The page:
When Pete Townshend of the Who embarked on his own spiritual quest in 1968, he too found his guru in the voluntarily mute Meher—the “Baba” in “Baba O’Riley” refers to none other—as did the Small Faces’ Ronnie Lane. (In much earlier, silent film days, Hollywood stars Douglas Fairbanks and Mary Pickford once gave a reception in Meher’s honor.) Townshend actually ran a “Baba Center” in England for a time. His solo LP, Who Came First, further grew out of a planned tribute to the guru, who himself claimed “to have been taken into the council of the gods and to know the future of all mankind” (Brunton, 1935).

As Baba O’Meher himself put it:

Once I publicly announce myself as a messiah, nothing will be able to withstand my power. I shall openly work miracles in proof of my mission at the same time. Restoring sight to the blind, healing the sick, maimed and crippled, yes, even raising the dead—these things will be child’s play to me! (in Brunton, 1935).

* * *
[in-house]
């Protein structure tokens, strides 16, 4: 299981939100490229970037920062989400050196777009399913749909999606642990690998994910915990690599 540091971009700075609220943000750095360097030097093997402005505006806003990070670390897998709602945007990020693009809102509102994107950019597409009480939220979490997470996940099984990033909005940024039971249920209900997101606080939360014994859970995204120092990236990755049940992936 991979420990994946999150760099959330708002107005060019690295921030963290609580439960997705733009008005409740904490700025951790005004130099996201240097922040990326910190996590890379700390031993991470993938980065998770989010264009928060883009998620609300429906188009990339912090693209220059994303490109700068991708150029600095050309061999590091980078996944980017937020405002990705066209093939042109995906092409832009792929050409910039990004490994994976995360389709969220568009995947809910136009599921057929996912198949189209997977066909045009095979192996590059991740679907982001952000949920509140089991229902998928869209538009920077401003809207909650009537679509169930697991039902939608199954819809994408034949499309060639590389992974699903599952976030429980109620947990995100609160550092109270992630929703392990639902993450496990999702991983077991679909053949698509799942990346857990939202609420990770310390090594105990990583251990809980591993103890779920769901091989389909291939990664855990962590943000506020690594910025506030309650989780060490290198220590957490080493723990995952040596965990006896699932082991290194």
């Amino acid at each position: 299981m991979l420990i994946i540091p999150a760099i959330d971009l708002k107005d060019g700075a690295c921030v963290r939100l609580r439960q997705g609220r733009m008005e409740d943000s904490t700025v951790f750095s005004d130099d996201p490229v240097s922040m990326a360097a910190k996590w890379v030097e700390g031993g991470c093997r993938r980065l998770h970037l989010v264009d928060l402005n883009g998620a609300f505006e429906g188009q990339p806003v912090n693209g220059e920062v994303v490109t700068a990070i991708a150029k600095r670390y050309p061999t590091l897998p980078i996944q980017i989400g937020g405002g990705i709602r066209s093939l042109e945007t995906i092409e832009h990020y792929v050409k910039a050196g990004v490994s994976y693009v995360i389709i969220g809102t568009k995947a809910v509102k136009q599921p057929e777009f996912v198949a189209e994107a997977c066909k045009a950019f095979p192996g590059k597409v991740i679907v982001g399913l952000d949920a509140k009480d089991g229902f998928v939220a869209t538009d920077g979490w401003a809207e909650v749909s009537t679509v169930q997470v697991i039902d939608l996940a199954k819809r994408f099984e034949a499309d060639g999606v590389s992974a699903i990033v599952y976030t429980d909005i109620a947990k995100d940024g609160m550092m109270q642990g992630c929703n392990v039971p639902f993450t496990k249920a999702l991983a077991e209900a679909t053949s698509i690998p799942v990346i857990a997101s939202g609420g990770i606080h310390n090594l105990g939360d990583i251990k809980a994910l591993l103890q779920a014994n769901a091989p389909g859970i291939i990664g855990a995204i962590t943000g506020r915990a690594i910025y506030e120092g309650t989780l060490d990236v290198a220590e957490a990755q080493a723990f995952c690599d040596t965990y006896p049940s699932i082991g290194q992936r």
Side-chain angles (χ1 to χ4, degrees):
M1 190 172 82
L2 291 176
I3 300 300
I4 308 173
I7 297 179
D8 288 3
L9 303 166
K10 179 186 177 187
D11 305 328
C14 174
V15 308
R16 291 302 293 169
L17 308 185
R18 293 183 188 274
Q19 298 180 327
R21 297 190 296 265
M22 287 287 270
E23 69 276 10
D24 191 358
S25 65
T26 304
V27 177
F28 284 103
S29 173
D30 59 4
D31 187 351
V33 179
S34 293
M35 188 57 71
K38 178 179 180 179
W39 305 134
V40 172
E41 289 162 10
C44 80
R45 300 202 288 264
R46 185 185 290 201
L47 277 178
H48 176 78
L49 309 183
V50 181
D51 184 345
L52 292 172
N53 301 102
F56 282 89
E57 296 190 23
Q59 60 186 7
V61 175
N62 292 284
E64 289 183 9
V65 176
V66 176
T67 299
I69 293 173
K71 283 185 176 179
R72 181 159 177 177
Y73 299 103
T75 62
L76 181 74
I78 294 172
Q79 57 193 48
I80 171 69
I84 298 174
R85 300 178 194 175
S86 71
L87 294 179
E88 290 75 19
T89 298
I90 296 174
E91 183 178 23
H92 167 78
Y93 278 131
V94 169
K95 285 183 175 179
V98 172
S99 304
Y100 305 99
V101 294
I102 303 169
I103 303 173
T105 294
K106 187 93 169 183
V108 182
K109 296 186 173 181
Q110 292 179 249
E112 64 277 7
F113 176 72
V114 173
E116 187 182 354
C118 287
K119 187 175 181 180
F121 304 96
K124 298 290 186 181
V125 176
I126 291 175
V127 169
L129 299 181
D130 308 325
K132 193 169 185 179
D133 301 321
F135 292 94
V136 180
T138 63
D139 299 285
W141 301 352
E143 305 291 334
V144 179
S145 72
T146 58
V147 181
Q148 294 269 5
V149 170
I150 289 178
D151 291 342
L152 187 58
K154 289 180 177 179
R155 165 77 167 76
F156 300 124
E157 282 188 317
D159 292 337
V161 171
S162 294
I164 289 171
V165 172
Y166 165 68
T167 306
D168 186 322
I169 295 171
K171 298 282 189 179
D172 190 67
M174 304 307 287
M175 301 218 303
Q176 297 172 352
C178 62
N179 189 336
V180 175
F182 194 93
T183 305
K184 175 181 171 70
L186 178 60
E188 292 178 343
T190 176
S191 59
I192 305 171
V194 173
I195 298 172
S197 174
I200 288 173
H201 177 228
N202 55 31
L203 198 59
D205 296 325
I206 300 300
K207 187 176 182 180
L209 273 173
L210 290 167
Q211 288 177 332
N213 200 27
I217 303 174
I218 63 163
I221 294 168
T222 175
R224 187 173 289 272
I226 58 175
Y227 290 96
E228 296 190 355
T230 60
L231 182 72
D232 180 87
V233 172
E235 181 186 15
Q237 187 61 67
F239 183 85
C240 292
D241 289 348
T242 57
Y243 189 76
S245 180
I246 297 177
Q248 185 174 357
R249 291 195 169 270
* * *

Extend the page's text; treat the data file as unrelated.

Indeed, Meher “Eyesight to the Blind” Baba claimed to be, not merely an avatar, but the Avatar for this world age, after having been confirmed as such by Upasani Baba. (Interestingly, Adi Da purported a connection to the same Upasani Baba, if not to his twenty-five virgin wives [Bob, 2000].) He further claimed to have previously manifested as Zoroaster, Rama, Krishna, Buddha, Jesus and Muhammad.

In response to questions about his spiritual identity, Baba tap-tapped things [on his letter-board] like “I am God in human form. Of course many people say they are God-incarnate, but they are hypocrites” (Manseau and Sharlet, 2004).

Baba further told an illustrative story of a guru who had ordered one of his disciples to kill the latter’s own child. Having obediently complied and buried it according to instruction, the sage then told the same disciple to go home, where he would find the child alive, as he soon did.